nep-rmg New Economics Papers
on Risk Management
Issue of 2014‒03‒08
twelve papers chosen by
Stan Miles
Thompson Rivers University

  1. Stress Testing Engineering: the real risk measurement? By Dominique Guegan; Bertrand Hassani
  2. On bank credit risk: systemic or bank-specific? Evidence from the US and UK By Junye Li; Gabriele Zinna
  3. Banks’ Loan Screening Incentives with Credit Risk Transfer: An Alternative to Risk Retention By Arnold, Marc
  4. Ailing Mothers, Healthy Daughters? Contagion in the Central European Banking Sector By Tomas Fiala; Tomas Havranek
  5. Disentangling Systematic and Idiosyncratic Dynamics in Panels of Volatility Measures By Matteo Barigozzi; Christian T. Brownlees; Giampiero M. Gallo; David Veredas
  6. Performance of Utility Based Hedges By John Cotter; Jim Hanly
  7. Positive Semidefinite Integrated Covariance Estimation, Factorizations and Asynchronicity By Kris Boudt; Sébastien Laurent; Asger Lunde; Rogier Quaedvlieg
  8. "Volatility and Quantile Forecasts by Realized Stochastic Volatility Models with Generalized Hyperbolic Distribution" By Makoto Takahashi; Toshiaki Watanabe; Yasuhiro Omori
  9. The Benefits of Intrastate and Interstate Geographic Diversification in Banking By Céline Meslier; Donald P. Morgan; Katherine Somolyk; Amine Tarazi
  10. Are hedge funds uncorrelated with financial markets? An empirical assessment By Khaled Guesmi; Saoussen Jebri; Abdelkarim Jabri; Frédéric Teulon
  11. Statistics of Heteroscedastic Extremes By Einmahl, J.H.J.; Haan, L.F.M. de; Zhou, C.
  12. Forecasting Realized Volatility with Changes of Regimes By Giampiero M. Gallo; Edoardo Otranto

  1. By: Dominique Guegan (CES - Centre d'économie de la Sorbonne - CNRS : UMR8174 - Université Paris 1 - Panthéon-Sorbonne); Bertrand Hassani (CES - Centre d'économie de la Sorbonne - CNRS : UMR8174 - Université Paris 1 - Panthéon-Sorbonne)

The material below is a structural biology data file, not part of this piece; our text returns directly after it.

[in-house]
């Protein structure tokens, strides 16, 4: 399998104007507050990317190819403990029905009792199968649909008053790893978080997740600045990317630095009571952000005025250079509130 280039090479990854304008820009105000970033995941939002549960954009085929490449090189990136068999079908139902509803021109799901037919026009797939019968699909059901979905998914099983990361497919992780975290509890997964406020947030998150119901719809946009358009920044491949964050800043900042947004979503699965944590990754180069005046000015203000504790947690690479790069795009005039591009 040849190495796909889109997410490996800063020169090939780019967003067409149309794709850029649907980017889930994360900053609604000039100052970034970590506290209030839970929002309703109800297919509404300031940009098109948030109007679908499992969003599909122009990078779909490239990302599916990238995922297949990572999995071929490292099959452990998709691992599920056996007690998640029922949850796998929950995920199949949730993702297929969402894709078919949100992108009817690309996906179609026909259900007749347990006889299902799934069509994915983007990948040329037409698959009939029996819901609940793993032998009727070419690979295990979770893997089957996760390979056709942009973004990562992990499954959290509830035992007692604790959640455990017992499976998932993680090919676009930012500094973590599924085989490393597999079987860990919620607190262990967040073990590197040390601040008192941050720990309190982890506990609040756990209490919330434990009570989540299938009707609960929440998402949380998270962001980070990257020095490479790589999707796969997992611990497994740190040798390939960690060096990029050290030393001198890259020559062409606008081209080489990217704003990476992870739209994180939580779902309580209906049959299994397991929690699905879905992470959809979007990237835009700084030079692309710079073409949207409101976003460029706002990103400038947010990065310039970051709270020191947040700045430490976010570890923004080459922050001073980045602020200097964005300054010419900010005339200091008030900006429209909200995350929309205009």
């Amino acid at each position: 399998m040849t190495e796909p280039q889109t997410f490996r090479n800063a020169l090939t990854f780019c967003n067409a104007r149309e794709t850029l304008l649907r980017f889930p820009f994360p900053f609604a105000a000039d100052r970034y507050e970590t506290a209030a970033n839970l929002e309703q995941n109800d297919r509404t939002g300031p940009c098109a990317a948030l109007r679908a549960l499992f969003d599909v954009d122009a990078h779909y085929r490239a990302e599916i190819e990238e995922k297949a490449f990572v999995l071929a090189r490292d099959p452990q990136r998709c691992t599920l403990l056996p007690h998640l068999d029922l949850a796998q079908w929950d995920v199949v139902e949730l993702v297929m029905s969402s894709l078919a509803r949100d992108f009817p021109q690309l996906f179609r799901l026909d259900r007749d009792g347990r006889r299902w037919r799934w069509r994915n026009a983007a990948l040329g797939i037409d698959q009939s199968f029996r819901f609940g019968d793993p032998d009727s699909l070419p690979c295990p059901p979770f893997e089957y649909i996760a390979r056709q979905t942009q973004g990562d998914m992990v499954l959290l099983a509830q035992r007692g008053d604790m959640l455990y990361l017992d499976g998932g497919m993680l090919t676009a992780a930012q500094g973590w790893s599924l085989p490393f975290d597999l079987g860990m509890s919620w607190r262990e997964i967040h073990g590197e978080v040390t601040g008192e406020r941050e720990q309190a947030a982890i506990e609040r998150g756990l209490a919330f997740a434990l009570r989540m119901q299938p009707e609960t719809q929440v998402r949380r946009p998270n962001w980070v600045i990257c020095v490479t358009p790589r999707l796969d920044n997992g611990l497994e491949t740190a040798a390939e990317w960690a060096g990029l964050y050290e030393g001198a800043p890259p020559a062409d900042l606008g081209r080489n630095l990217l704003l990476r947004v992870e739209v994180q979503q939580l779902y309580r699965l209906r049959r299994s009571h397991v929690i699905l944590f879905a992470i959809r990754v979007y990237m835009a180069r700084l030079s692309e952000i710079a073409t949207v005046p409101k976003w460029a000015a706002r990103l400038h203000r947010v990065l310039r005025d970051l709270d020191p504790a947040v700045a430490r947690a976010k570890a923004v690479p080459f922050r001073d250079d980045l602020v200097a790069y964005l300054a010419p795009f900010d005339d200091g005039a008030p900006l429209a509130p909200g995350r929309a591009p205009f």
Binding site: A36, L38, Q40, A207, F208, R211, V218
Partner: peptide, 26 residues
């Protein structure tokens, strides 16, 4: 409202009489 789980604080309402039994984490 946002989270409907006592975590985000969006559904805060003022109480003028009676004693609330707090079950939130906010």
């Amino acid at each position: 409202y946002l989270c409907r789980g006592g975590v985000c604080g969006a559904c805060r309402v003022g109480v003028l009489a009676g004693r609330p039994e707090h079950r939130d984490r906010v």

Abstract: Stress testing is used to determine the stability or the resilience of a given financial institution by deliberately submitting. In this paper, we focus on what may lead a bank to fail and how its resilience can be measured. Two families of triggers are analysed: the first stands in the stands in the impact of external (and / or extreme) events, the second one stands on the impacts of the choice of inadequate models for predictions or risks measurement; more precisely on models becoming inadequate with time because of not being sufficiently flexible to adapt themselves to dynamical changes.
    Keywords: Stress test; risk; VaR
    Date: 2014–02
  2. By: Junye Li (ESSEC Business School); Gabriele Zinna (Bank of Italy)
    Abstract: We develop a multivariate credit risk model that accounts for joint defaults of banks and al-lows us to disentangle how much of banks' credit risk is systemic. We find that the US and UK dif-fer not only in the evolution of systemic risk, but in particular in their banks' systemic exposures. In both countries, however, systemic credit risk varies substantially, represents about half of total bank credit risk on average, and induces high risk premia. Further, the results suggest that sovereign and bank systemic risk are particularly interlinked in the UK.